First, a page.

Hobbs dress (AW18); Zara shoes (AW16)
Mr MC took his role as tepanyaki chef very seriously – I was in charge of the sake and was delighted to find that the boys like it less than I do.
And before we knew it it was New Year’s Eve. We made fajitas, played board games until midnight and then danced to the sparkle of the disco ball until I looked at the clock and realised it was 4am.
Mint Velvet sequin halter (AW19); Velvet trousers (now in the sale, gifted); Aeyde shoes (AW19)
However by that point the boys had taught us lots of new TikTok dances and I’d already hit my 10,000 steps for the day so it didn’t matter that I spent the following afternoon glued to the sofa!
New Year’s Day felt like such a fresh, hopeful start didn’t it? But then over the weekend the Covid clouds gathered. We dedicated Monday to the bleak task of packing the decorations away and then braced ourselves for the Boris broadcast – lockdown 3.0. There’s no denying that it feels like a sick game of Snakes and Ladders and I didn’t post on Tuesday because I felt the very definition of discombobulated. Coming so quickly after the cosy refuge of Christmas this lockdown feels brutal and the new transmission rate of the virus is, of course, worrying. Suddenly the odds have changed. However, as we so often say to the boys, it’s a Bear Hunt. We can’t go over it, we just have to go through it so I’ve been working out how I’m going to approach it.
Goodbye 2020 and hello lockdown 3.0 – facing January 2021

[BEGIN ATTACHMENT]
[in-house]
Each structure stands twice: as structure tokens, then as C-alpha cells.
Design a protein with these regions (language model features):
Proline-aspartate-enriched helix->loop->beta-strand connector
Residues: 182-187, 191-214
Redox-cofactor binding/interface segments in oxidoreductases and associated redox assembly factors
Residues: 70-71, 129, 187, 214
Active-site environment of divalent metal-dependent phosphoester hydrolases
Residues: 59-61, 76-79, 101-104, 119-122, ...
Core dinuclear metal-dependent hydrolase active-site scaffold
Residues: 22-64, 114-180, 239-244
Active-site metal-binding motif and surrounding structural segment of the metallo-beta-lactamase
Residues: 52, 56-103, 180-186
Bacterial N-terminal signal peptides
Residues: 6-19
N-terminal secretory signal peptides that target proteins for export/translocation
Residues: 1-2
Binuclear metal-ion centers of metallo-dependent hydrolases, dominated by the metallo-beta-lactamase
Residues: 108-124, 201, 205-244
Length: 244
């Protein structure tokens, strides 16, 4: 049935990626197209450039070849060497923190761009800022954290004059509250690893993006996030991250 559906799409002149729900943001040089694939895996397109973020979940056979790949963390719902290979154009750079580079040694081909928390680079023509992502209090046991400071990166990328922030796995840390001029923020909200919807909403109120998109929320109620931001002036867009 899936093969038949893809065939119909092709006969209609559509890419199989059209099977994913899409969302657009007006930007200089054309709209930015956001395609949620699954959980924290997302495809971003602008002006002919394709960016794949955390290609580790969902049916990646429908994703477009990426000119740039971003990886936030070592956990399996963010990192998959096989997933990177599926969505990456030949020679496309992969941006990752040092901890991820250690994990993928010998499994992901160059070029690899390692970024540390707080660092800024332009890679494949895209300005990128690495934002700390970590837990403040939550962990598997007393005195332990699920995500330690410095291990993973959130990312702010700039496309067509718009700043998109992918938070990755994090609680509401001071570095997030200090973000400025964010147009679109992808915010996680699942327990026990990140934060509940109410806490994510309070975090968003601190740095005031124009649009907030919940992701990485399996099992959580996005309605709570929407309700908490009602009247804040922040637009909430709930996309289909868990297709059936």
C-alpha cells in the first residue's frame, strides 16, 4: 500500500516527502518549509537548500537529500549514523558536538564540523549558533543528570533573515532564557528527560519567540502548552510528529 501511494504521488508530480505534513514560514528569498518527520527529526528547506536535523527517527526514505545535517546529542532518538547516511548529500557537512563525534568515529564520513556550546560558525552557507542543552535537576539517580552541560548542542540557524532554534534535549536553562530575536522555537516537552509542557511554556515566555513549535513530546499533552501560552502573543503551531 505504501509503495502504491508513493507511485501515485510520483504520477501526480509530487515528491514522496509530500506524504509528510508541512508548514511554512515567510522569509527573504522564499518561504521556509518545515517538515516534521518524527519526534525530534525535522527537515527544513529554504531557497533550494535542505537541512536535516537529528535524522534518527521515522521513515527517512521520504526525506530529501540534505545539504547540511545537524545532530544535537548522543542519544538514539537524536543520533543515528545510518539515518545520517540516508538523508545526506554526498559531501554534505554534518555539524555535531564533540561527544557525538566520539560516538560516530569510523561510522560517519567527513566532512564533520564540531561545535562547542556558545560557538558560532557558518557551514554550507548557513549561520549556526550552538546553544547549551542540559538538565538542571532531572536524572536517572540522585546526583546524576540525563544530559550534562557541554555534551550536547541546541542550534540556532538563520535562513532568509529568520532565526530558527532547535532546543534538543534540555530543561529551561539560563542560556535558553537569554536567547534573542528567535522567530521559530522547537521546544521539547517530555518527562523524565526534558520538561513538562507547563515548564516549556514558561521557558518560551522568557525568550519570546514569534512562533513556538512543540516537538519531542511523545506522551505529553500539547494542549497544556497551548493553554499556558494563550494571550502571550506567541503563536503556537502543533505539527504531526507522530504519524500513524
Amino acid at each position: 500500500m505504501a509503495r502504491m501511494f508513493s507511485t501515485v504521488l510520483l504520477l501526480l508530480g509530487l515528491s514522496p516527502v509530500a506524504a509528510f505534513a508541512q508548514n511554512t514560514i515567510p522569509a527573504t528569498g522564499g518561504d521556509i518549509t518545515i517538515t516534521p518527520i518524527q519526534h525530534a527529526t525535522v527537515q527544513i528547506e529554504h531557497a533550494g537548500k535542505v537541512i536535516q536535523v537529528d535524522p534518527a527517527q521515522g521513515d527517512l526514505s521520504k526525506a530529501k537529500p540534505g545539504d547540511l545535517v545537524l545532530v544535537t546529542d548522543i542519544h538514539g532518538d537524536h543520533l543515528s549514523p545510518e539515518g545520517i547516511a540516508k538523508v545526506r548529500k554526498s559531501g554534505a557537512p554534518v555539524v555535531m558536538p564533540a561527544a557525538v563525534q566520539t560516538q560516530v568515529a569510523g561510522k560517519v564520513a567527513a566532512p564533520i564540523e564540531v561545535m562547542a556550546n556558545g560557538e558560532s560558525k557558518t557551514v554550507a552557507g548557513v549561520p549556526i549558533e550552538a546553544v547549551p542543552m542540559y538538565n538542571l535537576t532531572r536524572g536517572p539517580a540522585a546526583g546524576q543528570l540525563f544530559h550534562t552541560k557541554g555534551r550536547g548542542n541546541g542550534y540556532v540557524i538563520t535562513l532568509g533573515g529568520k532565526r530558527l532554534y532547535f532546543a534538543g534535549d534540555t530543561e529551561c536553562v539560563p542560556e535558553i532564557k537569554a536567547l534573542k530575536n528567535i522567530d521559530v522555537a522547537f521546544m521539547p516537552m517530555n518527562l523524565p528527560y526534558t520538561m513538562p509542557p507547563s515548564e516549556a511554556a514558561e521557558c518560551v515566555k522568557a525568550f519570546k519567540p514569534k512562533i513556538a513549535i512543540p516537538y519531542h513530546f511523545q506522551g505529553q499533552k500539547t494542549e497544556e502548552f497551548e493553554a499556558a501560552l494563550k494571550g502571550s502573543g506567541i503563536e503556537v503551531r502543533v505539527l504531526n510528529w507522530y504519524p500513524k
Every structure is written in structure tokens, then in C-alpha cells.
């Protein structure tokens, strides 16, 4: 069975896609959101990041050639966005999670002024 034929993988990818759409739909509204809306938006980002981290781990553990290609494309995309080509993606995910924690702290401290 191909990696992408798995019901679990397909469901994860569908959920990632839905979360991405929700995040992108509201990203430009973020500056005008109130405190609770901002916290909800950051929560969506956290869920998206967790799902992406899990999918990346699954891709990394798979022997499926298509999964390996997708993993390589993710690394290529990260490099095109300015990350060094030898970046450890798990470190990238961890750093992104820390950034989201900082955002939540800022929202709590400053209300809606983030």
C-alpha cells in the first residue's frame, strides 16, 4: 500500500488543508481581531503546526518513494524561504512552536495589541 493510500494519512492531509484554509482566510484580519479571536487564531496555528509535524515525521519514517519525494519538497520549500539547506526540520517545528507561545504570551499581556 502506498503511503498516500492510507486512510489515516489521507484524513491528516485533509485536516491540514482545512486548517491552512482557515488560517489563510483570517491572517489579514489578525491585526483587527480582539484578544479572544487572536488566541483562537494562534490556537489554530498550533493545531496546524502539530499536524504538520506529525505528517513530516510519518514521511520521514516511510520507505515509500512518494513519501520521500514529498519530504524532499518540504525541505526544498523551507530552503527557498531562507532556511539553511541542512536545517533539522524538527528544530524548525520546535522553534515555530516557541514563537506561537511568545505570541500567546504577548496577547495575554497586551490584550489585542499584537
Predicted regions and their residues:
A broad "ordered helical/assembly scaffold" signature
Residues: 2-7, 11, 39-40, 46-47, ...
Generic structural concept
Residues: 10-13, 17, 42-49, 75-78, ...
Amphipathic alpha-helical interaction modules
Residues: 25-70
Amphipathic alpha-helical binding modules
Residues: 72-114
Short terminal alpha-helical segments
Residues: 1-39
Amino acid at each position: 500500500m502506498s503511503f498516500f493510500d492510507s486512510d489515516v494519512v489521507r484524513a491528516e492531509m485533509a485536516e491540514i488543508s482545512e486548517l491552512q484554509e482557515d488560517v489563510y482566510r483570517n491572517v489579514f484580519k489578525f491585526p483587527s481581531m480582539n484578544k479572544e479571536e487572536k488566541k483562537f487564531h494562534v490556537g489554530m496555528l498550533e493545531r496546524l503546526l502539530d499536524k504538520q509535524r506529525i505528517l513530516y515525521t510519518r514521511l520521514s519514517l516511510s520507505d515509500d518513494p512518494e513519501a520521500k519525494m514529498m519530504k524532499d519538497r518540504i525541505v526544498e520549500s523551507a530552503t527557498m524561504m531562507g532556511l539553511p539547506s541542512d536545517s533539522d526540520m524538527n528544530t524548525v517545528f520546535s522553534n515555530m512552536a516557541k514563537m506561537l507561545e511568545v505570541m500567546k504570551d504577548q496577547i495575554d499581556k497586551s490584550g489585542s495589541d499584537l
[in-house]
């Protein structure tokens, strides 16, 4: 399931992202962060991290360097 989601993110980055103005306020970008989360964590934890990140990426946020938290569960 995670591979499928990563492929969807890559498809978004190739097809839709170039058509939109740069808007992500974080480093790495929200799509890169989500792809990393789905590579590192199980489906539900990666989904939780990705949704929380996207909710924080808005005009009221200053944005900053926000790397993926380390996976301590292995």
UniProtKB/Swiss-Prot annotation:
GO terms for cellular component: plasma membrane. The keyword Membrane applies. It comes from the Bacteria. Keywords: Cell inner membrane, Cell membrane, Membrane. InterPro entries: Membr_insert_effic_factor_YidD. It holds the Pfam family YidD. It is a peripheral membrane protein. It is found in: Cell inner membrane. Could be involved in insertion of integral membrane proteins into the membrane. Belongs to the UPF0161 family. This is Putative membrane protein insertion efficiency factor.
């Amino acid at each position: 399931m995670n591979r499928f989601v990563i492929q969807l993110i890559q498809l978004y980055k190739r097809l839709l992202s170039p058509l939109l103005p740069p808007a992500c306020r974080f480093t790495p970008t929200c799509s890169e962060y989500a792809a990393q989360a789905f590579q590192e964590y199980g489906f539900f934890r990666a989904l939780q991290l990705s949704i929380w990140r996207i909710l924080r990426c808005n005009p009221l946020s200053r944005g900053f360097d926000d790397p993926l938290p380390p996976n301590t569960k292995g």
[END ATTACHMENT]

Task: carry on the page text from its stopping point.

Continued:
When I was out with Ted yesterday I looked across at the snow topped hills and thought about my ancestors. You may remember me showing you the farmhouse they lived in after we found it last half term. Their winters must have been really hard in the bleak landscape of Stainmore with no neighbours for miles around and it struck me how arrogant and over evolved we’ve perhaps become in our expectations of winter.
At Uncle Stan’s funeral I discovered that the farm is within our family’s living memory because my uncle remembers going there – so that lifestyle really isn’t that long ago. And yet now we assume that in winter we’ll be cossetted by central heating and hot water or even a quick escape to somewhere warmer if we feel like it. We expect our food supplies to be constantly available and not to change with the seasons. Back then people would have hunkered down for the winter which is really what we have to do this year. But whereas they would have been struggling to sustain themselves and their animals in cold houses with reduced and bland winter food supplies that they’d stored throughout the previous year, all most of us have to do now is bed down in our warm, comfortable homes with a well thought-out weekly food shop.
Bleak winters are a counterpoint to bountiful summers; without them there is less contrast in our lives so just think how good this summer is going to feel when we reach the point of sufficient immunity for lockdown to end. For now we need to find a way to make the next few months as good as they can be in the circumstances. In another strange parallel to my ancestors I’m accepting that my income will be reduced as retail pauses and my contracts are put on hold until there is more clarity about timeframes. So as they did, I’ll just have to pull my belt in and ‘winter’.
You’ve probably read about the Scandi concept of ‘wintering’ which is the approach they take to getting through their long, dark days. They make a point of wrapping up and getting outside in the daylight for an hour or more. This helps to manage the Circadian rhythm, mitigating problems with sleep and depression that can be compounded by a lack of light and the distinction between night and day. When they return inside, they cocoon so it’s all about making everything as cosy as possible. We’re having log fires every night, lighting candles and we’ve left quite a few fairy lights out which we’ll put away ceremoniously when the clocks go forward in March. I’m cooking soups and stews using winter spices such as cinnamon and nutmeg and as it’s dry January, we’re making up for it with hot chocolate, chais and spiced lattes.